Workshop on Remotely sensed (RS) monitoring, 2019

Understanding and monitoring the effects of ecological restoration is one of the key challenges during the forthcoming United Nations Decade of restoration. Remote sensing provides huge possibilities for achieving data and results that cannot be reached by field work. Despite recent important advances, few methods can be directly taken up by practitioners interested in monitoring the change of peatland ecosystems.

Lauri Ikkala from University of Oulu presented the work on developing remote sensing methods for monitoring restored peatlands in Finland. Photo by Tuomas Haapalehto.

A workshop tackling the challenges of remotely sensed (RS) monitoring the effects of peatland restoration was organized in Oulu, Finland 23-25th September 2019.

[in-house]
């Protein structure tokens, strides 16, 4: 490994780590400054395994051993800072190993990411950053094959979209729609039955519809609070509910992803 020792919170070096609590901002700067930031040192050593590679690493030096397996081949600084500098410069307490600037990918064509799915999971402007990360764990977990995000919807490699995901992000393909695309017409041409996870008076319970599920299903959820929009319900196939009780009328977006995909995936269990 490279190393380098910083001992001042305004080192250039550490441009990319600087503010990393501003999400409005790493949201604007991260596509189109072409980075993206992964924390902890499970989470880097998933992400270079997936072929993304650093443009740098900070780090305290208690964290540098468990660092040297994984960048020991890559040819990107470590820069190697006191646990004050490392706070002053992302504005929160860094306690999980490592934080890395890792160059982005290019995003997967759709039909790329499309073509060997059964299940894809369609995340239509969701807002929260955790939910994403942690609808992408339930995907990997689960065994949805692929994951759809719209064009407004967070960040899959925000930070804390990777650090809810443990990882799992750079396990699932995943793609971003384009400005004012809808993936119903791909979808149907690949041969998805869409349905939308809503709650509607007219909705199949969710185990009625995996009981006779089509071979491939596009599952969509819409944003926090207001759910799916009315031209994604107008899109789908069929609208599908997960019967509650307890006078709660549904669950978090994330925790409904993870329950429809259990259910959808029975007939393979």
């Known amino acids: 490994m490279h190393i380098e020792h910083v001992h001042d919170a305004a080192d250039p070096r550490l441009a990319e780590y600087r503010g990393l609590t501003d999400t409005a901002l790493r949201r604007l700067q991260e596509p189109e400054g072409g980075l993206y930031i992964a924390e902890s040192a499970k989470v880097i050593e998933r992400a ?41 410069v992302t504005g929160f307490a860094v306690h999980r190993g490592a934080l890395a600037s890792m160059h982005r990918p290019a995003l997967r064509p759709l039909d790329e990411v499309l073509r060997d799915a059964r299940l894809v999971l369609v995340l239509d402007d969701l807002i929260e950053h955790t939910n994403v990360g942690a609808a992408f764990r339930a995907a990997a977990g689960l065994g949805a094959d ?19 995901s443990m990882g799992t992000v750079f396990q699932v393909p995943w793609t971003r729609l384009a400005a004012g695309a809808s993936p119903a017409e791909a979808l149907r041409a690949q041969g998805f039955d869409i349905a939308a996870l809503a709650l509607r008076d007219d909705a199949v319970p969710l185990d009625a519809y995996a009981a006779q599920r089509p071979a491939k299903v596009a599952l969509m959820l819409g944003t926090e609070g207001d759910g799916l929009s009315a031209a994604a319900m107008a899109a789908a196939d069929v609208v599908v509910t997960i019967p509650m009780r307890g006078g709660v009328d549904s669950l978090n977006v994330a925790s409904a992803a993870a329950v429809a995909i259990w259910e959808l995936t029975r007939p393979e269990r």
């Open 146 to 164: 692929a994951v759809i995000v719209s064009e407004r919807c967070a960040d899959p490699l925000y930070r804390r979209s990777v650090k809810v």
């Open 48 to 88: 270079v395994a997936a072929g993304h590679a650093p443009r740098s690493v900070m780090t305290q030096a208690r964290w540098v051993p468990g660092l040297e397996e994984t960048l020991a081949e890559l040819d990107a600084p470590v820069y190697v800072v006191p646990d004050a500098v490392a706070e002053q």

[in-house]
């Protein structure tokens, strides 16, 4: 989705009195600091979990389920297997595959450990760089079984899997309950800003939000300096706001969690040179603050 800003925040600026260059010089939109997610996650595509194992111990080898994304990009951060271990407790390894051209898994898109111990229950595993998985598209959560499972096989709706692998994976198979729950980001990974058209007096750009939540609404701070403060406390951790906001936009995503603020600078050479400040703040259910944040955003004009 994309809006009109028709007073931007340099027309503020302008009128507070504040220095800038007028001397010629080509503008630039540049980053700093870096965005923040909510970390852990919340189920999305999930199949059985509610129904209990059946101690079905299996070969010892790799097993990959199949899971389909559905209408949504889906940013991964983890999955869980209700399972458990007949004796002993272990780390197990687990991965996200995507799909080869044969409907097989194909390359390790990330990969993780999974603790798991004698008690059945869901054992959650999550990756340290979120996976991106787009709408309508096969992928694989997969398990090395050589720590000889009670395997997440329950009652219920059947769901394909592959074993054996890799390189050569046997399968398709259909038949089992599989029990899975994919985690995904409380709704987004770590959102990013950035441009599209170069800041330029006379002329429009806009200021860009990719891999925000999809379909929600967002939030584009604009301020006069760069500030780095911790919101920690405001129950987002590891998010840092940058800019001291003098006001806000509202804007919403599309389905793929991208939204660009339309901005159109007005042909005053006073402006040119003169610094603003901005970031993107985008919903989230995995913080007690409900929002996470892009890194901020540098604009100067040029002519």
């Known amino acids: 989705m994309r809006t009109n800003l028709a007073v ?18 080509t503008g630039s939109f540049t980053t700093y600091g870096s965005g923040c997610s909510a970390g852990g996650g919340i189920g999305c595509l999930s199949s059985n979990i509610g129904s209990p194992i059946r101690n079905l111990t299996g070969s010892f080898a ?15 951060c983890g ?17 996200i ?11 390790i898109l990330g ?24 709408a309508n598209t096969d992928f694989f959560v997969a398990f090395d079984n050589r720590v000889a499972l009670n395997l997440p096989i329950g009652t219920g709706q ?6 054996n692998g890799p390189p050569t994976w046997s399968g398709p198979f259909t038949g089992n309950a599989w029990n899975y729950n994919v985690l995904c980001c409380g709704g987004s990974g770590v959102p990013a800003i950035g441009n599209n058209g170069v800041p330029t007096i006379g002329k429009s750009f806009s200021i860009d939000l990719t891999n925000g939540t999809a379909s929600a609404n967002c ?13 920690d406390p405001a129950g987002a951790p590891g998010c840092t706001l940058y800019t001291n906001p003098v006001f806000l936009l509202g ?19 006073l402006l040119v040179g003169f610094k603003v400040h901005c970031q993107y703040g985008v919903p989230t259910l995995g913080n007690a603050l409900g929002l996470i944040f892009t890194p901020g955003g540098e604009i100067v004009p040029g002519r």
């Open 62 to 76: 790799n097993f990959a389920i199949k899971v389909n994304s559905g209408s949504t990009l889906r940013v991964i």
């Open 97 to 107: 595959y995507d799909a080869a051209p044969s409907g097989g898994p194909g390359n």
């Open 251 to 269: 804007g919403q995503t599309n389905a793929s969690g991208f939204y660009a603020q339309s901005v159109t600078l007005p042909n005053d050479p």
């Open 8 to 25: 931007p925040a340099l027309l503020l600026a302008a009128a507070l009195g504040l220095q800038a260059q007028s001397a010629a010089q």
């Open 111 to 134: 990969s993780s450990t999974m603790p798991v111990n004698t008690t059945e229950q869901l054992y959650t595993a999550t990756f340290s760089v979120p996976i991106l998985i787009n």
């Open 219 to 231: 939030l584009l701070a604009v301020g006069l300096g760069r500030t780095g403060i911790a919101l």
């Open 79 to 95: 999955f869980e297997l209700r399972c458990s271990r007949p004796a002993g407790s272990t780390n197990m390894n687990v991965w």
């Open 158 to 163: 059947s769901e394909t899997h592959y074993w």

The aim was, firstly, to bring together specialists working with different RS methods, and hence enhance understanding on ongoing work in different European countries. The short presentations by the participants and lively discussions showcased the diverse and often uncoordinated work going on related to RS on peatlands in Finland, Estonia, Sweden, Latvia and Lithuania.

Secondly, the participants searched answers for practical problems related to developing RS methods for Finnish restored peatlands. This was done by workshopping and familiarizing with local peatland restoration methods in the famous Olvassuo mire complex.

Some answers for open questions were received during the workshop. However, many questions remain open, and could be more efficiently solved by better understanding the work by other projects and institutions; further co-operation was seen highly useful. The participants, therefore, agreed to establish a network to continue working together towards common goals.

The workshop was organized by Hydrology LIFE project financed by the European Commission LIFE funding. It was part of the Natura 2000 biogeographical process that aims at enhancing co-operation between Natura 2000 managers.

Presentations (pdf files)

Last updated 21 April 2022